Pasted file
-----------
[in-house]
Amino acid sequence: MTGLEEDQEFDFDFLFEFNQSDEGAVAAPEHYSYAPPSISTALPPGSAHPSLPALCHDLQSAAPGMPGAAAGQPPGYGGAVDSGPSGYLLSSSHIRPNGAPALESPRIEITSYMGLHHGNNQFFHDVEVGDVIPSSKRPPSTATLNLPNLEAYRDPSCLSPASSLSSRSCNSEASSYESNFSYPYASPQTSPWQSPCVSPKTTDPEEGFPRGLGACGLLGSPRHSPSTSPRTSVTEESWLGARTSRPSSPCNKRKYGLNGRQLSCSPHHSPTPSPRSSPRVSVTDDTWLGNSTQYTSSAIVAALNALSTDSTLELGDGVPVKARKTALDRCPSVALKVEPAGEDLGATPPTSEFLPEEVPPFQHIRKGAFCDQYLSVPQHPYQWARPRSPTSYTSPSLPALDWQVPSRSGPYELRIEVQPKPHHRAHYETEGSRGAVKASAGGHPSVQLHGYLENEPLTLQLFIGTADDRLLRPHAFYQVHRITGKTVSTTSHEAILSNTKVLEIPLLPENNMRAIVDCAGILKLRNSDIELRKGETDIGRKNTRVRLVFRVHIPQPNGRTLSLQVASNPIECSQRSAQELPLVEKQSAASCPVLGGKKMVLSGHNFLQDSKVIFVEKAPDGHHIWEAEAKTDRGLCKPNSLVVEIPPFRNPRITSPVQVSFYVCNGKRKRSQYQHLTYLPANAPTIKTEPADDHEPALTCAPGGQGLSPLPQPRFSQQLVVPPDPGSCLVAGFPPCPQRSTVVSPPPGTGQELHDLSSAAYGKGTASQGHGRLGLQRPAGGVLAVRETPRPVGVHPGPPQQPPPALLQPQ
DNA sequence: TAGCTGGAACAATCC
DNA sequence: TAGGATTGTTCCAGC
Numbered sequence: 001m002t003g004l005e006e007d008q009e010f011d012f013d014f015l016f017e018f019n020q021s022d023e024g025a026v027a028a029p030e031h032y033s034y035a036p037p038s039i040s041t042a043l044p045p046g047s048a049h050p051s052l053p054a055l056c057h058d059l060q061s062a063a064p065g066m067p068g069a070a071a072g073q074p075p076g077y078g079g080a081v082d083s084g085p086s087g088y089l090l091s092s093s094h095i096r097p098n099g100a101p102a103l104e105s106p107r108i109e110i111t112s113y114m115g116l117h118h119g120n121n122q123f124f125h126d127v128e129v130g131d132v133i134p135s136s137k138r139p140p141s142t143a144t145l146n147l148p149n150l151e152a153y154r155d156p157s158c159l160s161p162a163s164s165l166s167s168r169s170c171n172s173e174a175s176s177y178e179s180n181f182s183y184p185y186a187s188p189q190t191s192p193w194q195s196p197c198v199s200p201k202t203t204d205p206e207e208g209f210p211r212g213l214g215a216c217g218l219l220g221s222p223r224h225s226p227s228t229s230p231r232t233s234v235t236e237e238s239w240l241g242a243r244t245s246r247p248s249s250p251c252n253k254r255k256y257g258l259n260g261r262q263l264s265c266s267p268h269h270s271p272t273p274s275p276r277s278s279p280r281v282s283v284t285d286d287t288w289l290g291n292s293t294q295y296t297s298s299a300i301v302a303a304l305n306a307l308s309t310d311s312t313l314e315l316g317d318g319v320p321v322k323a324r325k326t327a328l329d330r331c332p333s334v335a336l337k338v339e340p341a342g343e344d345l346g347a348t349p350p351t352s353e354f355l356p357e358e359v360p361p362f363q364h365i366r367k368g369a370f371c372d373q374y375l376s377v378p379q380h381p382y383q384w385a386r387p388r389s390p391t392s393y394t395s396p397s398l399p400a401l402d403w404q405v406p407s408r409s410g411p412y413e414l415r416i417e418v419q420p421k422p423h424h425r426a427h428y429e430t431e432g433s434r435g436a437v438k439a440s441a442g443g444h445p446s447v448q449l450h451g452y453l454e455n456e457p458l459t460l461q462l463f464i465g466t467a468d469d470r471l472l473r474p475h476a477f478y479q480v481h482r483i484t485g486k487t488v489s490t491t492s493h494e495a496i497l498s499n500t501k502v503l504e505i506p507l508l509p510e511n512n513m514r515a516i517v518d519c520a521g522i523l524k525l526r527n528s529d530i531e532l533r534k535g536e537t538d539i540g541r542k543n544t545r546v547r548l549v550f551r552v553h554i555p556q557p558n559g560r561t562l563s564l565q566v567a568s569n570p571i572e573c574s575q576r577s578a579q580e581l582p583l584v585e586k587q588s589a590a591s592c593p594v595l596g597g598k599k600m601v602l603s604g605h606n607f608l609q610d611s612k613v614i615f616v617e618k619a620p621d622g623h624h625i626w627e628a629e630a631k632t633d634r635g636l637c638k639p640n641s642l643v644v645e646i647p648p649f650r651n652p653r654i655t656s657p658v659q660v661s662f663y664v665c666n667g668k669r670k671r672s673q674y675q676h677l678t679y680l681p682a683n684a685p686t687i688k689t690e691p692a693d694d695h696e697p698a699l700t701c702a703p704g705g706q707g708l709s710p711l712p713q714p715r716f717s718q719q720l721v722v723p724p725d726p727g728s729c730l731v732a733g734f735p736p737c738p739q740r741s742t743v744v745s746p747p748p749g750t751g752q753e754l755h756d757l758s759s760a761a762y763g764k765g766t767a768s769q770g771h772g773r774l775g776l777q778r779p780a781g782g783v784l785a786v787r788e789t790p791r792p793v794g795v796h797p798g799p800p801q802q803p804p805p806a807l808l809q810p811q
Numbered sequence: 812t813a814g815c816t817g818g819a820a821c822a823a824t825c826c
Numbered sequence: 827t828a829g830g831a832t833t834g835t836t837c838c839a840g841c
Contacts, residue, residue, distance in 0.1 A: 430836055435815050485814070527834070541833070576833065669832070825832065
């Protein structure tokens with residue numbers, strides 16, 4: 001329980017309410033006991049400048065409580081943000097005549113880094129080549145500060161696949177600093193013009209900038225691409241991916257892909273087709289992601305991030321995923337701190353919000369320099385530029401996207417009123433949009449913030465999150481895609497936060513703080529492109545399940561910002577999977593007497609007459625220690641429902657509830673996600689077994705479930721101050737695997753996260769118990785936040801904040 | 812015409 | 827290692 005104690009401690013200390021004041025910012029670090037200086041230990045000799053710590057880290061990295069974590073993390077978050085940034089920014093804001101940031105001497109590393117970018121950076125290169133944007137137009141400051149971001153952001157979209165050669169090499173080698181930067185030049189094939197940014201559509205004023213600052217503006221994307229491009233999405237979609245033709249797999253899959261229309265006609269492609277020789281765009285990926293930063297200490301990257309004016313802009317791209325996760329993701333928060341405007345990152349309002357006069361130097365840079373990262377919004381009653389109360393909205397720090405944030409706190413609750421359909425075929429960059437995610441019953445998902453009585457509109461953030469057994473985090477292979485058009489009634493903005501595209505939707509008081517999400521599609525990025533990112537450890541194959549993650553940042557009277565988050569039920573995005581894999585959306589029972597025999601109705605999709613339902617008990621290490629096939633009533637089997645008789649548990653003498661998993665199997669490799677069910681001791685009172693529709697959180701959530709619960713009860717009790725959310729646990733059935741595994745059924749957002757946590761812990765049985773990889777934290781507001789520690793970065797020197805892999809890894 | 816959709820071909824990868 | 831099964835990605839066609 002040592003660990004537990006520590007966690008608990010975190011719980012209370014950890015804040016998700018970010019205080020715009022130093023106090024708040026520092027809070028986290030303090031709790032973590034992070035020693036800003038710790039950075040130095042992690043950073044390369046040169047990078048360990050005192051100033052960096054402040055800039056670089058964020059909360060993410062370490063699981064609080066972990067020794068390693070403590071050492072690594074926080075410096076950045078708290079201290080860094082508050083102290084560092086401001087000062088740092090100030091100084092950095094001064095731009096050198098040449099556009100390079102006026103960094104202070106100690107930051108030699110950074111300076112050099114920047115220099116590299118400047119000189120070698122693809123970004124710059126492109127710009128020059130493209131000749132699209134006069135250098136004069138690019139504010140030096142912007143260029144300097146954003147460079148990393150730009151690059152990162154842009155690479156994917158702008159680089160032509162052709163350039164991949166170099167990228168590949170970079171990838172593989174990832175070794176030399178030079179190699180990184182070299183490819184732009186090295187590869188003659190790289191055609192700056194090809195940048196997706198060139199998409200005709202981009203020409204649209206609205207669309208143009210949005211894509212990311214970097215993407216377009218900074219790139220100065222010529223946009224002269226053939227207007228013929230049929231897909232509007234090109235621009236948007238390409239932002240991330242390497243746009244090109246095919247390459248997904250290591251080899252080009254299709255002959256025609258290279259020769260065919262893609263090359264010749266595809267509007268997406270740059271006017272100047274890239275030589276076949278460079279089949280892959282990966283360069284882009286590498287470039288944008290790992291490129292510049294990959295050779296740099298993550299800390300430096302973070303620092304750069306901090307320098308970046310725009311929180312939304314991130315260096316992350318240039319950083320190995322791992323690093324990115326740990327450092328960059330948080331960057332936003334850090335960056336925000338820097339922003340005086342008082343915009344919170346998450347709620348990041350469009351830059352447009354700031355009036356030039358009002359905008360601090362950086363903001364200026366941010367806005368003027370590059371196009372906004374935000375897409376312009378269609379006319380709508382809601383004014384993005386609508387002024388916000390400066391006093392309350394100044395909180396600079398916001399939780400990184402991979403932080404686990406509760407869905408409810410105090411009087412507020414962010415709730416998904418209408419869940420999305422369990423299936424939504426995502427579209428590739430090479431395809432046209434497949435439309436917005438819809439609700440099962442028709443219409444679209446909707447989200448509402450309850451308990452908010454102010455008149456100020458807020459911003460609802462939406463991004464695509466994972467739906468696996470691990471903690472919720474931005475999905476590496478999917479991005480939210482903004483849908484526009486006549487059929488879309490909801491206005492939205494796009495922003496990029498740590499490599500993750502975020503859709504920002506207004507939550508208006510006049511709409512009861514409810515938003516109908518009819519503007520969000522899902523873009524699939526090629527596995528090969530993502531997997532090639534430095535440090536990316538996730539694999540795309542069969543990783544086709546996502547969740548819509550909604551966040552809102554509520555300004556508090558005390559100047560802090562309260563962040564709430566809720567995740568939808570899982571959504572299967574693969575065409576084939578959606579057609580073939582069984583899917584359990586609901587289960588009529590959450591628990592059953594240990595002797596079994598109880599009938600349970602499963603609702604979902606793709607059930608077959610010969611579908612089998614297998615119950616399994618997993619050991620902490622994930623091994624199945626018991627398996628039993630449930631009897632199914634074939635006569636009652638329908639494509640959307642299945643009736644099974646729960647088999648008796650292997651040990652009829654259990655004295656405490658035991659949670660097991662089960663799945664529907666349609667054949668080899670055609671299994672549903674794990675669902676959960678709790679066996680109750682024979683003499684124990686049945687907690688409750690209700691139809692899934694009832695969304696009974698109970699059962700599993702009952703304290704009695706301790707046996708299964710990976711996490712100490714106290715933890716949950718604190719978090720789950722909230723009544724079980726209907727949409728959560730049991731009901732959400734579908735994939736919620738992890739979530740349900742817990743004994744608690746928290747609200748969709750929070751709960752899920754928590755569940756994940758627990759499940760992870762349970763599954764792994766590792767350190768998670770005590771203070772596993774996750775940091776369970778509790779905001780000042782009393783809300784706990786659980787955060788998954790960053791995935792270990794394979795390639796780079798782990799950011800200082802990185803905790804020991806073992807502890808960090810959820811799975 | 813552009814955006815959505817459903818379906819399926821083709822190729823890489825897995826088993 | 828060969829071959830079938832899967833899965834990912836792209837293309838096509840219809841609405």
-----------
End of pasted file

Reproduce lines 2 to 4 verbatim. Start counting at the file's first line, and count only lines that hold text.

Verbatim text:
Amino acid sequence: MTGLEEDQEFDFDFLFEFNQSDEGAVAAPEHYSYAPPSISTALPPGSAHPSLPALCHDLQSAAPGMPGAAAGQPPGYGGAVDSGPSGYLLSSSHIRPNGAPALESPRIEITSYMGLHHGNNQFFHDVEVGDVIPSSKRPPSTATLNLPNLEAYRDPSCLSPASSLSSRSCNSEASSYESNFSYPYASPQTSPWQSPCVSPKTTDPEEGFPRGLGACGLLGSPRHSPSTSPRTSVTEESWLGARTSRPSSPCNKRKYGLNGRQLSCSPHHSPTPSPRSSPRVSVTDDTWLGNSTQYTSSAIVAALNALSTDSTLELGDGVPVKARKTALDRCPSVALKVEPAGEDLGATPPTSEFLPEEVPPFQHIRKGAFCDQYLSVPQHPYQWARPRSPTSYTSPSLPALDWQVPSRSGPYELRIEVQPKPHHRAHYETEGSRGAVKASAGGHPSVQLHGYLENEPLTLQLFIGTADDRLLRPHAFYQVHRITGKTVSTTSHEAILSNTKVLEIPLLPENNMRAIVDCAGILKLRNSDIELRKGETDIGRKNTRVRLVFRVHIPQPNGRTLSLQVASNPIECSQRSAQELPLVEKQSAASCPVLGGKKMVLSGHNFLQDSKVIFVEKAPDGHHIWEAEAKTDRGLCKPNSLVVEIPPFRNPRITSPVQVSFYVCNGKRKRSQYQHLTYLPANAPTIKTEPADDHEPALTCAPGGQGLSPLPQPRFSQQLVVPPDPGSCLVAGFPPCPQRSTVVSPPPGTGQELHDLSSAAYGKGTASQGHGRLGLQRPAGGVLAVRETPRPVGVHPGPPQQPPPALLQPQ
DNA sequence: TAGCTGGAACAATCC
DNA sequence: TAGGATTGTTCCAGC